World-renowned novelist, playwright, essayist and human rights activist Ngũgĩ wa Thiongo named a 2008 Dan and Maggie Inouye Distinguished ChairUniversity of Hawaiʻi at Mānoa
Department of American Studies
HONOLULU — Ngũgĩ wa Thiong‘o, author of internationally acclaimed books, playwright, essayist and human rights activist, was named a 2008 Dan and Maggie Inouye Distinguished Chair in Democratic Ideals. Ngũgĩ will be participating in public lectures at the University of Hawaiʻi at Mānoa campus and at UH Hilo from April 28 to May 2, 2008.
"Few people are more deserving of being honored for a lifetime‘s pursuit of democratic ideals than Ngũgĩ wa Thiong‘o," said David Stannard, Chair of American Studies at UH Mānoa.
Throughout his career, Ngũgĩ has received numerous honors, including endowed university chairs, honorary doctorates, peace prizes and book awards. In the 1960s, he studied at universities in Kenya and England, and returned to become a professor of English at Nairobi University. He established a theater and wrote a series of novels and plays published in Kenya and throughout the world that were critical of colonial rule.
Stung by his criticism, authorities arrested Ngũgĩ in 1977 and sentenced him to maximum-security imprisonment, naming him a threat to "the preservation of public security." Amnesty International and other human rights organizations demanded his freedom as "a prisoner of conscience." The campaign was successful, but during a subsequent trip to England, Ngũgĩ received word that he was targeted for assassination should he return to Kenya. He became an exile from his homeland at the same time that he was being celebrated as one of Africa‘s most influential authors of the twentieth century.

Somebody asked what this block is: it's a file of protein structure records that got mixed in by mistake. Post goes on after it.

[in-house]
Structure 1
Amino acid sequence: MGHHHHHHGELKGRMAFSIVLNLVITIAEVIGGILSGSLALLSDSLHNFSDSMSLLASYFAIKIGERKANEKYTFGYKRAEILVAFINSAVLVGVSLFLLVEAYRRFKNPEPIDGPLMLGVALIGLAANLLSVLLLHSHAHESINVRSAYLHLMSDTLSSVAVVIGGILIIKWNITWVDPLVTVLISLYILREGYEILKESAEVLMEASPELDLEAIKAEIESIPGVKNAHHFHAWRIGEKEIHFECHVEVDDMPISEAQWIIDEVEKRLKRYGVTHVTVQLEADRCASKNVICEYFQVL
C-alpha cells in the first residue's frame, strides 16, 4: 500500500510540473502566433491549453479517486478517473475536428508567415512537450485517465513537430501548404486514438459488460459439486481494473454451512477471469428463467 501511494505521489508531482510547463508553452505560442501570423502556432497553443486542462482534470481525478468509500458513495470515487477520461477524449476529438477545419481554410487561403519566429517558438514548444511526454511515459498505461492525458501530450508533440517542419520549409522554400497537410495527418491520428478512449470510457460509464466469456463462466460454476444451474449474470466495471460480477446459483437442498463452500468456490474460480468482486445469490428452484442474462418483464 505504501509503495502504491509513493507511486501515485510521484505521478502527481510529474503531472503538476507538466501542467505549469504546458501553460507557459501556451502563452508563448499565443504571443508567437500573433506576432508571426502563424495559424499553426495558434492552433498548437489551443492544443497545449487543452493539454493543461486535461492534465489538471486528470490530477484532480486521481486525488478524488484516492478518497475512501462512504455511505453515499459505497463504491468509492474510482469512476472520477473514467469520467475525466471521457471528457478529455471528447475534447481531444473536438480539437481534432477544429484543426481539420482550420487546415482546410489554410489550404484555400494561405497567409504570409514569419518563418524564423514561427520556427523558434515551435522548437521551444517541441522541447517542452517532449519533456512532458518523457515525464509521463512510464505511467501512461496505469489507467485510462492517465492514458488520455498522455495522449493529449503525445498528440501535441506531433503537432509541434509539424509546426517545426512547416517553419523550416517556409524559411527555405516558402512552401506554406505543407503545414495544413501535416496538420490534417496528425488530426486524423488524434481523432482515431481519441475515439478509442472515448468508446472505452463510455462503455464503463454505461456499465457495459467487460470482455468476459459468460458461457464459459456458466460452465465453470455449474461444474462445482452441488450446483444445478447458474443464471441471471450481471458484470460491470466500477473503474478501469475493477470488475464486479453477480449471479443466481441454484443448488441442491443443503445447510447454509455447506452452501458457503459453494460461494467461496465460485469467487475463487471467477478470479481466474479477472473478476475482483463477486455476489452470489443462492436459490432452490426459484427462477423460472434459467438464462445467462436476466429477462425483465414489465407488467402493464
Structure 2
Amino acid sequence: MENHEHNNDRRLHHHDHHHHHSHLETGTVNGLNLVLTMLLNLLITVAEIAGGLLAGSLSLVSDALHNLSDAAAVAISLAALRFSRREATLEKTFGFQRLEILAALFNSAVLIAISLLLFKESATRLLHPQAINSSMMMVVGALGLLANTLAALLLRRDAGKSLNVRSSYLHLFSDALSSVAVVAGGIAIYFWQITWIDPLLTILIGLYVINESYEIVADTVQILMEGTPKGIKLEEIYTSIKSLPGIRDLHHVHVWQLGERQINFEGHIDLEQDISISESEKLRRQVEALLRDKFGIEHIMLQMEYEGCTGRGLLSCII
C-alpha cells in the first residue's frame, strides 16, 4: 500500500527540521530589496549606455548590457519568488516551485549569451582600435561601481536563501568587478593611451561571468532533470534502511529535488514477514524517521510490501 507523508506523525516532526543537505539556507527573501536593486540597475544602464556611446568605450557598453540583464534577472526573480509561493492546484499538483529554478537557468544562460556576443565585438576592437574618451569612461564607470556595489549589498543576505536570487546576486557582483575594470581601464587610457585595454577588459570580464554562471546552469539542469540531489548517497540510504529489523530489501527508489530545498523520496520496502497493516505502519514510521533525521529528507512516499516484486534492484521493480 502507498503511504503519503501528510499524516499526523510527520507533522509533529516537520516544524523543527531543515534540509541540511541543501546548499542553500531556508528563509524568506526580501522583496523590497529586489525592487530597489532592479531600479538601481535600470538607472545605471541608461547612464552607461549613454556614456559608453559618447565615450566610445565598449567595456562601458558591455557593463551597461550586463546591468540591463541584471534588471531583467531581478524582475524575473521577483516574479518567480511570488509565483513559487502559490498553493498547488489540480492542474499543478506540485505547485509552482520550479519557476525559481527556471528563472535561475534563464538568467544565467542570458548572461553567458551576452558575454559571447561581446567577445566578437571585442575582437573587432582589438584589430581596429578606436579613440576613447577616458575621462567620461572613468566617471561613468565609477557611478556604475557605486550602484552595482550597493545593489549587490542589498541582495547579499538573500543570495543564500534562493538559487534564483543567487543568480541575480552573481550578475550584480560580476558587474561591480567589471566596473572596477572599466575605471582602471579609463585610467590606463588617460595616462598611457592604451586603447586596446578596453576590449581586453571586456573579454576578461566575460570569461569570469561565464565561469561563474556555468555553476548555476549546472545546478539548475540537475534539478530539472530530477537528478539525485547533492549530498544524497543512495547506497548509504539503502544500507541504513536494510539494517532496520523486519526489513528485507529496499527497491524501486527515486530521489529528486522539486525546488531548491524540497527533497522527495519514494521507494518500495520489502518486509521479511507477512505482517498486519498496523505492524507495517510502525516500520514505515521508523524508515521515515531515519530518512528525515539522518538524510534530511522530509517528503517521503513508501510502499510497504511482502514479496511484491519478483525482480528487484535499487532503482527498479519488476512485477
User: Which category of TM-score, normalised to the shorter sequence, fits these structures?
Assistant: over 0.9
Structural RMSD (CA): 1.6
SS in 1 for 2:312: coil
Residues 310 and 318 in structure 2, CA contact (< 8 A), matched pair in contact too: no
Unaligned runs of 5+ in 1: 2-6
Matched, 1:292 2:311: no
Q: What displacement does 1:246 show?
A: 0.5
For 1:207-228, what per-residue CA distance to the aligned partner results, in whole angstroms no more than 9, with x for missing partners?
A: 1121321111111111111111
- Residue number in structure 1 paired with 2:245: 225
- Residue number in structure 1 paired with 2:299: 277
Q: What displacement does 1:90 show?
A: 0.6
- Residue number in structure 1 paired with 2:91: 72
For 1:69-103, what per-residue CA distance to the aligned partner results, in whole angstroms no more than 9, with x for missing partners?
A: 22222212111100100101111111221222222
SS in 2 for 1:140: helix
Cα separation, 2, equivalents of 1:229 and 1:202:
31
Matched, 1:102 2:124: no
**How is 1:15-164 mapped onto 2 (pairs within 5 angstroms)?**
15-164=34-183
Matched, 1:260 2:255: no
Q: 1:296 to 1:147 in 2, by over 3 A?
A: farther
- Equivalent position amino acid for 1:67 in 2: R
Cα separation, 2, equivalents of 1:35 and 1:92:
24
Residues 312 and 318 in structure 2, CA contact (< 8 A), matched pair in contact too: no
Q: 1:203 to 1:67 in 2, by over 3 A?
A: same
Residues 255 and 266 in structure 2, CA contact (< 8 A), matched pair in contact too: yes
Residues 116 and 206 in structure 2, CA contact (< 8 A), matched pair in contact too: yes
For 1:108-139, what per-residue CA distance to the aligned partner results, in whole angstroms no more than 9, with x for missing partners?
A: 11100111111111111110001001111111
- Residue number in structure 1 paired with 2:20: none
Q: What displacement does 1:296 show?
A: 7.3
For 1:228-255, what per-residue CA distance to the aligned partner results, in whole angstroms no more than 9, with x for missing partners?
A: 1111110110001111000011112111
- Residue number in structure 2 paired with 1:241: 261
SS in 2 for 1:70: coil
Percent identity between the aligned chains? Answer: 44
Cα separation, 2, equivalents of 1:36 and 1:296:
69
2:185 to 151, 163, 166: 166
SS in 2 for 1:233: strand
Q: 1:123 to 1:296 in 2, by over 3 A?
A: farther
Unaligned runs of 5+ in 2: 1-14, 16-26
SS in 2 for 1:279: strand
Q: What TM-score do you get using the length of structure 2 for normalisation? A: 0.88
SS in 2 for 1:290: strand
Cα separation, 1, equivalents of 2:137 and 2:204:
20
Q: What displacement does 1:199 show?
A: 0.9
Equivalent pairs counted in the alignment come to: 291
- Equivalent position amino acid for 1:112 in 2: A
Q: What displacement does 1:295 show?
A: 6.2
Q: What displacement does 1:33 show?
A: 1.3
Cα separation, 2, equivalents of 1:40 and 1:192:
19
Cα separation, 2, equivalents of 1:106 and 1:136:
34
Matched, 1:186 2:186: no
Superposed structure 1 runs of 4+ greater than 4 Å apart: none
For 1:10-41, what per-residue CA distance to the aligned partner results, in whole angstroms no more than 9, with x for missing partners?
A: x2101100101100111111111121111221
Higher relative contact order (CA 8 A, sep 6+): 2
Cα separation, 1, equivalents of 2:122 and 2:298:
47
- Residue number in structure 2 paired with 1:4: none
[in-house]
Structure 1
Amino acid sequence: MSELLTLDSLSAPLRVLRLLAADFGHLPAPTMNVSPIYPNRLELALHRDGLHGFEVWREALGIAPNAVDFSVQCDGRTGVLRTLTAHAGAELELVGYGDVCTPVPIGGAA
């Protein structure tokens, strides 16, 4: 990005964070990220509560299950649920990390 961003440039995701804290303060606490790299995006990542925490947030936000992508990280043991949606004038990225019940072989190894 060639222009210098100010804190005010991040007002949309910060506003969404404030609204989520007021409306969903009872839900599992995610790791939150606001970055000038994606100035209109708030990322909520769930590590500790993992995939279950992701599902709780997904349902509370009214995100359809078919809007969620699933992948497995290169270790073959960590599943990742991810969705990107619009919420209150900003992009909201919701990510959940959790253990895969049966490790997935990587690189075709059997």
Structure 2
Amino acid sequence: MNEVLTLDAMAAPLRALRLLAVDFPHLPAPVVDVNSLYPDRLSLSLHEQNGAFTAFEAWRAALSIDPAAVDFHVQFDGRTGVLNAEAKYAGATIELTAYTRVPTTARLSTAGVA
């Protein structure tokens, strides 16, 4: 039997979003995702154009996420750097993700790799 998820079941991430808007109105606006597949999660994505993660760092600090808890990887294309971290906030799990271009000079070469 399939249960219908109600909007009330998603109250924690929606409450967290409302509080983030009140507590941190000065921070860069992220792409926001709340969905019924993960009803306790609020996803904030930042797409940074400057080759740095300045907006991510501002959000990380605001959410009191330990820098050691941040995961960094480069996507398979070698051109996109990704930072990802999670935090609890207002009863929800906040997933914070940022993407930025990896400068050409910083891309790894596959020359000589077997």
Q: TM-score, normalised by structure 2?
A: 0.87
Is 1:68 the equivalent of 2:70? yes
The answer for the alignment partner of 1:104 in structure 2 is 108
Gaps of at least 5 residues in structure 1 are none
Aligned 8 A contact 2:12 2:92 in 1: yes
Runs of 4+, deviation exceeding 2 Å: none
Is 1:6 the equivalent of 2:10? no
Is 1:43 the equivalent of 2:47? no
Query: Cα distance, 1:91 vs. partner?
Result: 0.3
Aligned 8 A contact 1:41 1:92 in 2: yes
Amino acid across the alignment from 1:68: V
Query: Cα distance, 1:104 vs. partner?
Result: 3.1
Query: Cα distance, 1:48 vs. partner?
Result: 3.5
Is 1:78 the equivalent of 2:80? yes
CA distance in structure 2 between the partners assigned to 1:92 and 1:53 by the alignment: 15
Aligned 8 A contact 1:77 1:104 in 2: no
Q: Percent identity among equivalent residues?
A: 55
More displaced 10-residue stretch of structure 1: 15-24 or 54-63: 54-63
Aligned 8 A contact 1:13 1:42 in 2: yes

After years of professorships at Yale University and New York University, Ngũgĩ is presently a professor of English and Comparative Literature at the University of California at Irvine and Director of the International Center of Writing and Translation.
The Dan and Maggie Inouye Distinguished Chair in Democratic Ideals is jointly administered by the William S. Richardson School of Law and the Department of American Studies in the College of Arts and Humanities. The chair is a visiting academic position held by a distinguished public figure. The chair-holder offers lectures and seminars for the campus and the community that emphasize democratic processes and the importance of public life.
The following events are free and open to the public:
Monday, April 28
"The Myth of Tribes in African Politics"
UH Mānoa Campus Center Ballroom
Wednesday, April 30
Reception, 5 p.m.
Reading and book signing with Albert Wendt, 6 p.m.
UH Mānoa Hawaiian Studies Auditorium, Hālau o Haumea
Friday, May 2
An Evening with Ngũgĩ wa Thiong'o - "Globalization: Readings from Wizard of the Crow"
UH-Hilo - UCB 100